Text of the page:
In the opinion of the Minister of Justice, ”It is true that Nigeria’s federal system has been experiencing challenges and there have been agitations and prescriptions to reform and modify it. Reforms and modifications of institutional arrangements, systems and processes are normal in federations but are not done in single swoop as being advocated in Nigeria. Mega changes are not healthy for federations. Change is a gradual process that must be democratic and subjected to legislative and administrative processes as provided by law”.
The chief law officer of Nigeria further stated that “As political realities and experiences across the world have shown, all federations, whether established by a ‘coming together’ or ‘holding together’ process, experience deep-rooted conflicts and ours cannot be an isolated case. In Nigeria today, there are demands for restructuring, for deconstructing the excessive concentration of powers at the center, for a dispersion of power to the lower levels of government along with special provisions for the empowerment of women and other socially disadvantaged groups, for the country to move away from the cooperative federalism of several decades to a more competitive form of economic federalism, for a fiscal federalism that presents the challenge of addressing regional inequalities, and of balancing the concerns of equity and efficiency in intergovernmental fiscal relations, among many others.”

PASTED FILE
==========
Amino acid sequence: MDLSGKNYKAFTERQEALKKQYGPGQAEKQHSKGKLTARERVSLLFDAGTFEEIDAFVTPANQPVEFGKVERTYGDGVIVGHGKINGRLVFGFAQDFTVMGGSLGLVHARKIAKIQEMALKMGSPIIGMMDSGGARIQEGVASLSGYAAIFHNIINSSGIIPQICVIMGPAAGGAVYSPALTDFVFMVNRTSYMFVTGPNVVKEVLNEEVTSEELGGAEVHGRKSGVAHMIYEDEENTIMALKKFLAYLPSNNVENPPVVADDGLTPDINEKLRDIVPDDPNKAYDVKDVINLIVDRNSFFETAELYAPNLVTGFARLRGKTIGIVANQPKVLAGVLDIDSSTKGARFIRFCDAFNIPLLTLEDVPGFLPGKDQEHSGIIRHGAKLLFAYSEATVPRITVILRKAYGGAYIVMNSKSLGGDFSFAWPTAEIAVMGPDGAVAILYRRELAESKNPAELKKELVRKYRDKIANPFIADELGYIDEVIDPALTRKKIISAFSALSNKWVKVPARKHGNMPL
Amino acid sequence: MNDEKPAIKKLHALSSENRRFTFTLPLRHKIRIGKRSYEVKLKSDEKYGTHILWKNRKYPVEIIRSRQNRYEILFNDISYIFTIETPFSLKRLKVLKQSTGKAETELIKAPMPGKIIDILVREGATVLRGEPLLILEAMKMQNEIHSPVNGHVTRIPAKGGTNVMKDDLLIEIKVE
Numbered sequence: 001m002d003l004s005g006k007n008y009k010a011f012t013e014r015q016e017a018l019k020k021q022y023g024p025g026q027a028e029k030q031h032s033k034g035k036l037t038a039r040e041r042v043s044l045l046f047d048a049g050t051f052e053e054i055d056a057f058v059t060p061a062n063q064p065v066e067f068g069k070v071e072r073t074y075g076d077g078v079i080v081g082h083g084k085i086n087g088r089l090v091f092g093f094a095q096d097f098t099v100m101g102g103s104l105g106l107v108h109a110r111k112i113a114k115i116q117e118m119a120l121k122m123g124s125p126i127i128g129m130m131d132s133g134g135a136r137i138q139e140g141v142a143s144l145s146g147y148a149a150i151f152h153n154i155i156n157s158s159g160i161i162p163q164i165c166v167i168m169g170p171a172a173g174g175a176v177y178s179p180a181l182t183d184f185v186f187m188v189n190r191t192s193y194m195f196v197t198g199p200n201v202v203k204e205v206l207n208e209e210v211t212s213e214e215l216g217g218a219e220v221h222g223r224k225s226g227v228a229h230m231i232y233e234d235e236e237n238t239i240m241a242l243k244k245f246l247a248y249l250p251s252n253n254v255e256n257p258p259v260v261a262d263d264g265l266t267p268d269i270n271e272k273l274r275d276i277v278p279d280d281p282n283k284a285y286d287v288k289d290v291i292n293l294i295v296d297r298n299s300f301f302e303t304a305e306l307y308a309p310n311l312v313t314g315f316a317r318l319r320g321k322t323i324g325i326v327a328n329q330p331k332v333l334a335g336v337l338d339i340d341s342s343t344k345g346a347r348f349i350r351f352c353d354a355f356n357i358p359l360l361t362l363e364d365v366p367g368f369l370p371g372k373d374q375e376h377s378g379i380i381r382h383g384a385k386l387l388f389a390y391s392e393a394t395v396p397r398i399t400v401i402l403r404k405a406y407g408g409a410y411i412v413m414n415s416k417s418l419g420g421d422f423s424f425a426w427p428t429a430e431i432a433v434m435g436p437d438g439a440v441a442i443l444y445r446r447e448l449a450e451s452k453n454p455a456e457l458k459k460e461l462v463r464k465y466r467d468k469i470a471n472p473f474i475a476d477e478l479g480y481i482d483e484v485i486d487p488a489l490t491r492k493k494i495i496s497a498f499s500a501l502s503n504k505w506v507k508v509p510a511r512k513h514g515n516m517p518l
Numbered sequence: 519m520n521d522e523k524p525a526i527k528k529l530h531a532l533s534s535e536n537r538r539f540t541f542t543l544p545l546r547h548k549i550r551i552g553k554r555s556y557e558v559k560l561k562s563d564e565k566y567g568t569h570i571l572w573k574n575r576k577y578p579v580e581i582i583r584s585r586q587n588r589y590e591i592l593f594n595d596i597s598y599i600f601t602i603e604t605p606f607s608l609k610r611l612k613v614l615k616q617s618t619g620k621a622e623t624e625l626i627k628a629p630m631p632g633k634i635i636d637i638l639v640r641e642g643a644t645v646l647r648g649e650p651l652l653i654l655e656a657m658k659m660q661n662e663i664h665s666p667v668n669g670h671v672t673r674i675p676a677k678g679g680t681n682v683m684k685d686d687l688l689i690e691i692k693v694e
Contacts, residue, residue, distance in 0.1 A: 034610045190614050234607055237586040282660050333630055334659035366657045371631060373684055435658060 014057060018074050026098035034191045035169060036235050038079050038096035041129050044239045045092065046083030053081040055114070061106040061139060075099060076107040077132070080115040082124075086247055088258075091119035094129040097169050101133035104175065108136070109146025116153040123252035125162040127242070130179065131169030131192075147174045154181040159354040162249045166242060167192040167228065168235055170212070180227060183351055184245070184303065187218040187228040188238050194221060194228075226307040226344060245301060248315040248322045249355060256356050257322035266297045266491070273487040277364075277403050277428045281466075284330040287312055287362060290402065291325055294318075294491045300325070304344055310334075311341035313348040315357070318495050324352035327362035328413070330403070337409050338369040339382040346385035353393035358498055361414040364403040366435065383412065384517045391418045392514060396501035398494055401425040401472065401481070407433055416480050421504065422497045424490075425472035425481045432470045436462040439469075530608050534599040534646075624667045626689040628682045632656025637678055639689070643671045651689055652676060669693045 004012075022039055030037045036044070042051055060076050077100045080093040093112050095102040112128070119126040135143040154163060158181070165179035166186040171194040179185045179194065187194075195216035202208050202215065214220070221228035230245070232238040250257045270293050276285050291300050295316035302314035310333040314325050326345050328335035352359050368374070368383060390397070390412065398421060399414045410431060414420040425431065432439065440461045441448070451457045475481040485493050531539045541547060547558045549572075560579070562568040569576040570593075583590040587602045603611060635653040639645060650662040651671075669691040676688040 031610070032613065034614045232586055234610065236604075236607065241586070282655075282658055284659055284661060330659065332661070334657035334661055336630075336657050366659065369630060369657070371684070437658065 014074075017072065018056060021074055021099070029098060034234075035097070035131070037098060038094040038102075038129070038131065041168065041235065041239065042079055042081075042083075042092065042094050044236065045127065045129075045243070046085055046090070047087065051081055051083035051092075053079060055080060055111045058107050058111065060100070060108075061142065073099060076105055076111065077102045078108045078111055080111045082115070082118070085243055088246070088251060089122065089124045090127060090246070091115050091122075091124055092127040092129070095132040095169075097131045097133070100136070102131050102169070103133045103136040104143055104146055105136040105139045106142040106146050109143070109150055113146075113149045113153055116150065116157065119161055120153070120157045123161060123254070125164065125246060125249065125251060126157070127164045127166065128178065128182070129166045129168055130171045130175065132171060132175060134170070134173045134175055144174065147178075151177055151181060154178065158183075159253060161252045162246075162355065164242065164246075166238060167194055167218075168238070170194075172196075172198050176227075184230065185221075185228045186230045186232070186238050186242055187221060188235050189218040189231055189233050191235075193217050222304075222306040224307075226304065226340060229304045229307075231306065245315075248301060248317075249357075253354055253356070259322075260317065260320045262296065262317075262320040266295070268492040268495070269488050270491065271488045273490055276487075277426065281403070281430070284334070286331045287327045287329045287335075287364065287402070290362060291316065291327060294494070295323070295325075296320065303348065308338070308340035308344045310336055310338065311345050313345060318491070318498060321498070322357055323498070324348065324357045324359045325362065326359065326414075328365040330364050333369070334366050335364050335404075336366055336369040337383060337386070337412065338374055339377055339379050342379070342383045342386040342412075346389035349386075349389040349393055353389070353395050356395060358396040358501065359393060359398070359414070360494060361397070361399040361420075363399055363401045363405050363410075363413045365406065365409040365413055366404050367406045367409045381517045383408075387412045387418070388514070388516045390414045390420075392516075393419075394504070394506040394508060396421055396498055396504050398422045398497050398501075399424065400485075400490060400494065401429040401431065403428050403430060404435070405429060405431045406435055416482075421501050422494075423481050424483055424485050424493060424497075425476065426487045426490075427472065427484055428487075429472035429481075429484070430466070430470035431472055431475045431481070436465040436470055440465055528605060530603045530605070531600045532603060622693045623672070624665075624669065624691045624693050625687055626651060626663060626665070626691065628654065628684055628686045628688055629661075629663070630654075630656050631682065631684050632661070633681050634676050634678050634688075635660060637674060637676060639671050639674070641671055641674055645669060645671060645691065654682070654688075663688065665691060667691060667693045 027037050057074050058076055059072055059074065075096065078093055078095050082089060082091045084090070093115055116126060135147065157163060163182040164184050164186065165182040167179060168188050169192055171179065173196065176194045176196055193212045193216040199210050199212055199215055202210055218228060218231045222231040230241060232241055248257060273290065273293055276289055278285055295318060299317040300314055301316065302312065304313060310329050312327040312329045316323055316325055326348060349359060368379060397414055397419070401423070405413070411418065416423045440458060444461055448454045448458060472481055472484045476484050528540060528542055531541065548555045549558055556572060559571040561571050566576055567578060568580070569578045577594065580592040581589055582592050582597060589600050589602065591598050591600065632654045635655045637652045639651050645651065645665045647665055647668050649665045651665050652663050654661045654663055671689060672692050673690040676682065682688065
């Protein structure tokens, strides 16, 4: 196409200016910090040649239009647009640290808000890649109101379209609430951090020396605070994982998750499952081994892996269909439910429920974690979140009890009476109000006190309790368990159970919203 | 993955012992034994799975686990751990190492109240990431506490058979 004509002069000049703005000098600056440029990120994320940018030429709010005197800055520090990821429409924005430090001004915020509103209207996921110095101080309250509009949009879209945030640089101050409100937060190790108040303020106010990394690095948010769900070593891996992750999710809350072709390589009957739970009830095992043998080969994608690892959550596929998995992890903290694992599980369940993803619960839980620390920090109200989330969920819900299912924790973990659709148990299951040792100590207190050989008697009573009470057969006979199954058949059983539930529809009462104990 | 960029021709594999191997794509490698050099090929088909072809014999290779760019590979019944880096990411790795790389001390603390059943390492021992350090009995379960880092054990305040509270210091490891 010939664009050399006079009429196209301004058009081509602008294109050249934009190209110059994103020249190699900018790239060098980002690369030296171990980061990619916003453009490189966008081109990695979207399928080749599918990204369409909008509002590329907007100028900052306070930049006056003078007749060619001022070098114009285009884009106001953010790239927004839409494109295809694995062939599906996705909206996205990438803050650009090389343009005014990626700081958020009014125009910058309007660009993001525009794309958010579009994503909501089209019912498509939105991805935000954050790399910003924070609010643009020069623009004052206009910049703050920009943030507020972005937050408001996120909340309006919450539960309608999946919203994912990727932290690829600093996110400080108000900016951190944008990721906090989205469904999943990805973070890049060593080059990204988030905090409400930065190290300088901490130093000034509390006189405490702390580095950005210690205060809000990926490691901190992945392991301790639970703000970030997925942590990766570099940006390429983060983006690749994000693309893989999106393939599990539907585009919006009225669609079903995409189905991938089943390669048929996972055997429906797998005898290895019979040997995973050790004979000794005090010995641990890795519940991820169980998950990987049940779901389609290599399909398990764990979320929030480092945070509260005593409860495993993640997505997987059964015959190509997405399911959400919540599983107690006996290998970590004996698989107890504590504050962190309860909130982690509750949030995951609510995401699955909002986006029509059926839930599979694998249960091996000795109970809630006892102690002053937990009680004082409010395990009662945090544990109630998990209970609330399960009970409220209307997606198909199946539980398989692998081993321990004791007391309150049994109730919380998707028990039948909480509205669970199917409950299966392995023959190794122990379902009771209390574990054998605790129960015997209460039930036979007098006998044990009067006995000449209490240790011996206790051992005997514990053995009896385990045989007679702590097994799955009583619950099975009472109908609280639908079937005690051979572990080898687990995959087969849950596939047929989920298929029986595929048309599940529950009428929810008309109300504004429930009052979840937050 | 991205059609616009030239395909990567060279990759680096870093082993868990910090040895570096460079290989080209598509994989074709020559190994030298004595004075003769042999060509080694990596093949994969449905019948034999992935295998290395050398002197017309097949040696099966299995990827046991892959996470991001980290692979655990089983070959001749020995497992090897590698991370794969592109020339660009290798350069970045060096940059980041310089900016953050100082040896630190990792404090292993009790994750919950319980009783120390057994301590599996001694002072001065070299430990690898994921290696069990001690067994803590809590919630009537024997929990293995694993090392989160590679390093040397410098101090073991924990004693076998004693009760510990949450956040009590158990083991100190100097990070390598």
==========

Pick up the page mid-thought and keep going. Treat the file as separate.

I align my thoughts with those of the AGF. We all know the problems of Nigeria’s federalism. I have earlier in this piece highlighted some of them. Shall we then fashion out enduring solutions to them? For me, whatever will bring about good governance, dividends of democracy, higher standard of living for majority of citizens, inclusive governance will get my support. End of story!
Op–ed pieces and contributions are the opinions of the writers only and do not represent the opinions of Y!/YNaija